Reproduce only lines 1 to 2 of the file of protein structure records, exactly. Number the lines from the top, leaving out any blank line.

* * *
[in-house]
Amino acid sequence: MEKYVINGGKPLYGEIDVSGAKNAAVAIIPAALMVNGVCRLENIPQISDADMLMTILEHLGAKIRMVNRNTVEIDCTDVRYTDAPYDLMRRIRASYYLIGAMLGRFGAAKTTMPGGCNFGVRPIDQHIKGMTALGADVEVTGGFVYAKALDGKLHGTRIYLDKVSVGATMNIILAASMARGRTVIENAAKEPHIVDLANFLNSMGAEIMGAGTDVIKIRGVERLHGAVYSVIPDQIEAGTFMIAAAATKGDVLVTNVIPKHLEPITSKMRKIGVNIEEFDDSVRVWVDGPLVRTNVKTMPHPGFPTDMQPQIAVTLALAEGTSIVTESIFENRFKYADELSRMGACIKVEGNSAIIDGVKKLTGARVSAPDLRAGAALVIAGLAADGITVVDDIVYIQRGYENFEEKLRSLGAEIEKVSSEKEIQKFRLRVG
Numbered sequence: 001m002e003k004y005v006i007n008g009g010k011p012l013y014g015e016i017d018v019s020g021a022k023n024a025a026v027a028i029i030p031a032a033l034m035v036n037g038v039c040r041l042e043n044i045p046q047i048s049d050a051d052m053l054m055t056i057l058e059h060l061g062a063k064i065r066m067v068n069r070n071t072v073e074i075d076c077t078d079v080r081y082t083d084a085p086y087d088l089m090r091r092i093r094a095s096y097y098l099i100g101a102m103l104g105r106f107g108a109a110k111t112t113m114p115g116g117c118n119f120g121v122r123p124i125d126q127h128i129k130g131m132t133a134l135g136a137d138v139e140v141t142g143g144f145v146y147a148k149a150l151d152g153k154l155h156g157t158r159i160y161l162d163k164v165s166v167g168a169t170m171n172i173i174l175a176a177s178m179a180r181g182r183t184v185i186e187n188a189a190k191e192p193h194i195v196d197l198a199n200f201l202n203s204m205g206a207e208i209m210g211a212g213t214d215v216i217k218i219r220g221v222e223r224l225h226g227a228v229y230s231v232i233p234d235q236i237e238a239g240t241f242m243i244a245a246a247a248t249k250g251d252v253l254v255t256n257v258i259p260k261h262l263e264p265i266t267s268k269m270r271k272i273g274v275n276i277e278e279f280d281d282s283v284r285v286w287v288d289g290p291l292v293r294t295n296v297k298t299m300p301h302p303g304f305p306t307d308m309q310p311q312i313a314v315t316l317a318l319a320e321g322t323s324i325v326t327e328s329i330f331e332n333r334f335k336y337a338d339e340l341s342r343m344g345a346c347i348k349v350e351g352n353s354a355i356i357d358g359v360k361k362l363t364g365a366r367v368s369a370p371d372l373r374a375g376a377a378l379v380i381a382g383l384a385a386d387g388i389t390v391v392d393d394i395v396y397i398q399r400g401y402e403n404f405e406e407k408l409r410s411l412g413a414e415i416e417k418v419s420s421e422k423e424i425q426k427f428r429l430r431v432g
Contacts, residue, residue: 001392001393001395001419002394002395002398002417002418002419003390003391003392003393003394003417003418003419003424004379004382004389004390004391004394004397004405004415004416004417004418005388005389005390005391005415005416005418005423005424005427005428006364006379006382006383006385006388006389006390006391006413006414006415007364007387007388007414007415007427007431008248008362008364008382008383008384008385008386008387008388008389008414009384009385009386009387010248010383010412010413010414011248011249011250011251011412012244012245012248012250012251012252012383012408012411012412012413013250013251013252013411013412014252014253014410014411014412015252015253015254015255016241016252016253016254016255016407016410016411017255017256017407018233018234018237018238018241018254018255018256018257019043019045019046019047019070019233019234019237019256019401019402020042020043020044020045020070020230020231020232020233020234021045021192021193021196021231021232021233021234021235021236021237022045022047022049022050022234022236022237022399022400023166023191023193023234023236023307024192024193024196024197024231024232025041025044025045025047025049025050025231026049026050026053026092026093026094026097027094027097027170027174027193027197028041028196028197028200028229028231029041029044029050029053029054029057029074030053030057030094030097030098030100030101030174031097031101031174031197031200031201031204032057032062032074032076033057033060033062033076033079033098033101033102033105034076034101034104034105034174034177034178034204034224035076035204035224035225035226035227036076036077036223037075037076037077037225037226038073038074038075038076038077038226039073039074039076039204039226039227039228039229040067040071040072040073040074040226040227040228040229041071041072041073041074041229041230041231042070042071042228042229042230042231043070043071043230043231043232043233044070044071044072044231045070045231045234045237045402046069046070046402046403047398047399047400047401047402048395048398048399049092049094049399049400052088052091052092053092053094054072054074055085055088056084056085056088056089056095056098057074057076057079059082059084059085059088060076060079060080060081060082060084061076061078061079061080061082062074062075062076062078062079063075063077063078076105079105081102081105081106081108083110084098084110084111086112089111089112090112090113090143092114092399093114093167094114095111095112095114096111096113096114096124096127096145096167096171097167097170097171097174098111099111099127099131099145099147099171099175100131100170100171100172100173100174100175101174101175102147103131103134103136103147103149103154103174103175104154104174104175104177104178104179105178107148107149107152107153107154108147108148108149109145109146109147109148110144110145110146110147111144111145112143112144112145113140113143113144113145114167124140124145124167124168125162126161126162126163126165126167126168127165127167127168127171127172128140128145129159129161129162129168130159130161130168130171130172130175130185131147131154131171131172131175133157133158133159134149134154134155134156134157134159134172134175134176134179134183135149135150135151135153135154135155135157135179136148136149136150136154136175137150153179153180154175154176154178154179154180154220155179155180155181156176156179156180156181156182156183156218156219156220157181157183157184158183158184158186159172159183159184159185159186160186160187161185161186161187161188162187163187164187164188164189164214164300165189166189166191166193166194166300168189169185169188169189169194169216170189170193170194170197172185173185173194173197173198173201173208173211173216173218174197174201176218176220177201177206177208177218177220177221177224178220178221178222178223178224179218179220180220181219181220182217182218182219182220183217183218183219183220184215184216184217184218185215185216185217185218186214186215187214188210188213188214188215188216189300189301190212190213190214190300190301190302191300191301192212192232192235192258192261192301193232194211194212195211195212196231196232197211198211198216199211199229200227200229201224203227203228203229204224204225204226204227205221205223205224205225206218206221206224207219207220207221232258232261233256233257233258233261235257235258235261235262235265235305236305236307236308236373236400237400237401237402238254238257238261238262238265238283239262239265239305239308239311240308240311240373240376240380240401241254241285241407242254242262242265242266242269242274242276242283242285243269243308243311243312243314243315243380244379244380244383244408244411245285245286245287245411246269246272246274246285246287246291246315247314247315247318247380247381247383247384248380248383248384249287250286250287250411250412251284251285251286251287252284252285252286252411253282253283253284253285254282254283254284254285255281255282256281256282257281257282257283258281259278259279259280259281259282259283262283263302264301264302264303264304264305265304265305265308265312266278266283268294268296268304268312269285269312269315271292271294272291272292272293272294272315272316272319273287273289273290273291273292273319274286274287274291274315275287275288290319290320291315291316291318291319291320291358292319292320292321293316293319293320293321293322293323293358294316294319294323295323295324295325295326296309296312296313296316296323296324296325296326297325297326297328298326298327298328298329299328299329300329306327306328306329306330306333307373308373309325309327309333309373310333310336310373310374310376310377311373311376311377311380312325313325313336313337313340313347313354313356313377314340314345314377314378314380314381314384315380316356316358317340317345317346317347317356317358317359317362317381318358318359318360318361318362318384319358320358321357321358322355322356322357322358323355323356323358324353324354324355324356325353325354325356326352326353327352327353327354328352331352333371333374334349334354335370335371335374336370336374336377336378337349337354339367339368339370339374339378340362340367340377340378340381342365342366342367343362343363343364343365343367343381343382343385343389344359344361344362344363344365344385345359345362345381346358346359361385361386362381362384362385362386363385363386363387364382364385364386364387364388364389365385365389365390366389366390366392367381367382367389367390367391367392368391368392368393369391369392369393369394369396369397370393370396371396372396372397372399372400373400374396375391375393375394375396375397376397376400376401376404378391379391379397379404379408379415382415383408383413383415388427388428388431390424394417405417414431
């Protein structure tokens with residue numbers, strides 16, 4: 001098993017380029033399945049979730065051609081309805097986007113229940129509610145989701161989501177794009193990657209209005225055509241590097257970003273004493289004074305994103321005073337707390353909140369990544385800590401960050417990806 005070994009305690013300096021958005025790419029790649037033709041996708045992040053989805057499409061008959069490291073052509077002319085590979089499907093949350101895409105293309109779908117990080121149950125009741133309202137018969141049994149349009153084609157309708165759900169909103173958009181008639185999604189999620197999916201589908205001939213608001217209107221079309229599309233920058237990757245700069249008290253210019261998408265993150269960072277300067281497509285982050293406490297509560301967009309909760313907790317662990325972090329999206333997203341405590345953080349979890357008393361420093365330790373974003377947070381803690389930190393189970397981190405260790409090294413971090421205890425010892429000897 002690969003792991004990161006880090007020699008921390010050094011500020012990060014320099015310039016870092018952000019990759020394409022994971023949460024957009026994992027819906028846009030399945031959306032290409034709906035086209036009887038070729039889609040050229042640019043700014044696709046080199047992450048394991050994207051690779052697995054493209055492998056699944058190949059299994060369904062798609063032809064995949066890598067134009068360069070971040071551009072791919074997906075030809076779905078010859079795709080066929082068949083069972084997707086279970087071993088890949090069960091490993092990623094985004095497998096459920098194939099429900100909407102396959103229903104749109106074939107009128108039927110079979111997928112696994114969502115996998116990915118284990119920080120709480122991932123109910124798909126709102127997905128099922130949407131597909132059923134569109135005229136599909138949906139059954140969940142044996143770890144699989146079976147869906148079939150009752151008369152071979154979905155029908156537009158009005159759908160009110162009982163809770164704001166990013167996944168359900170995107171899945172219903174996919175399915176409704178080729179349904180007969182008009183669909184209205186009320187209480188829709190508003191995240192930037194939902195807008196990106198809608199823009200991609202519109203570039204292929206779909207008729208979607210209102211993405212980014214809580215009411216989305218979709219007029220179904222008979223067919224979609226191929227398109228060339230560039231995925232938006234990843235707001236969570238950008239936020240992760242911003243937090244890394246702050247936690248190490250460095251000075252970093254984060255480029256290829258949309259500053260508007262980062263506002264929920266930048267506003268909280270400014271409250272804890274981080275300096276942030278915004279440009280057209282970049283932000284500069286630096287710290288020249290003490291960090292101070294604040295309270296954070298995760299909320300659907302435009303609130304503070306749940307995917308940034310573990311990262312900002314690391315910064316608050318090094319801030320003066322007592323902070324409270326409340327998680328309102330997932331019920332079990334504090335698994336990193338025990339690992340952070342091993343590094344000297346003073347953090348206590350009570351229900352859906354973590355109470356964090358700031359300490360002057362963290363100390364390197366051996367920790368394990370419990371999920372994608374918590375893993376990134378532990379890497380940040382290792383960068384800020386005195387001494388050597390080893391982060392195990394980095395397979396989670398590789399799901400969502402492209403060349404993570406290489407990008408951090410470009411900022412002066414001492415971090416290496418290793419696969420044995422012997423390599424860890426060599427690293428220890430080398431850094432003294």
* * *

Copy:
[in-house]
Amino acid sequence: MEKYVINGGKPLYGEIDVSGAKNAAVAIIPAALMVNGVCRLENIPQISDADMLMTILEHLGAKIRMVNRNTVEIDCTDVRYTDAPYDLMRRIRASYYLIGAMLGRFGAAKTTMPGGCNFGVRPIDQHIKGMTALGADVEVTGGFVYAKALDGKLHGTRIYLDKVSVGATMNIILAASMARGRTVIENAAKEPHIVDLANFLNSMGAEIMGAGTDVIKIRGVERLHGAVYSVIPDQIEAGTFMIAAAATKGDVLVTNVIPKHLEPITSKMRKIGVNIEEFDDSVRVWVDGPLVRTNVKTMPHPGFPTDMQPQIAVTLALAEGTSIVTESIFENRFKYADELSRMGACIKVEGNSAIIDGVKKLTGARVSAPDLRAGAALVIAGLAADGITVVDDIVYIQRGYENFEEKLRSLGAEIEKVSSEKEIQKFRLRVG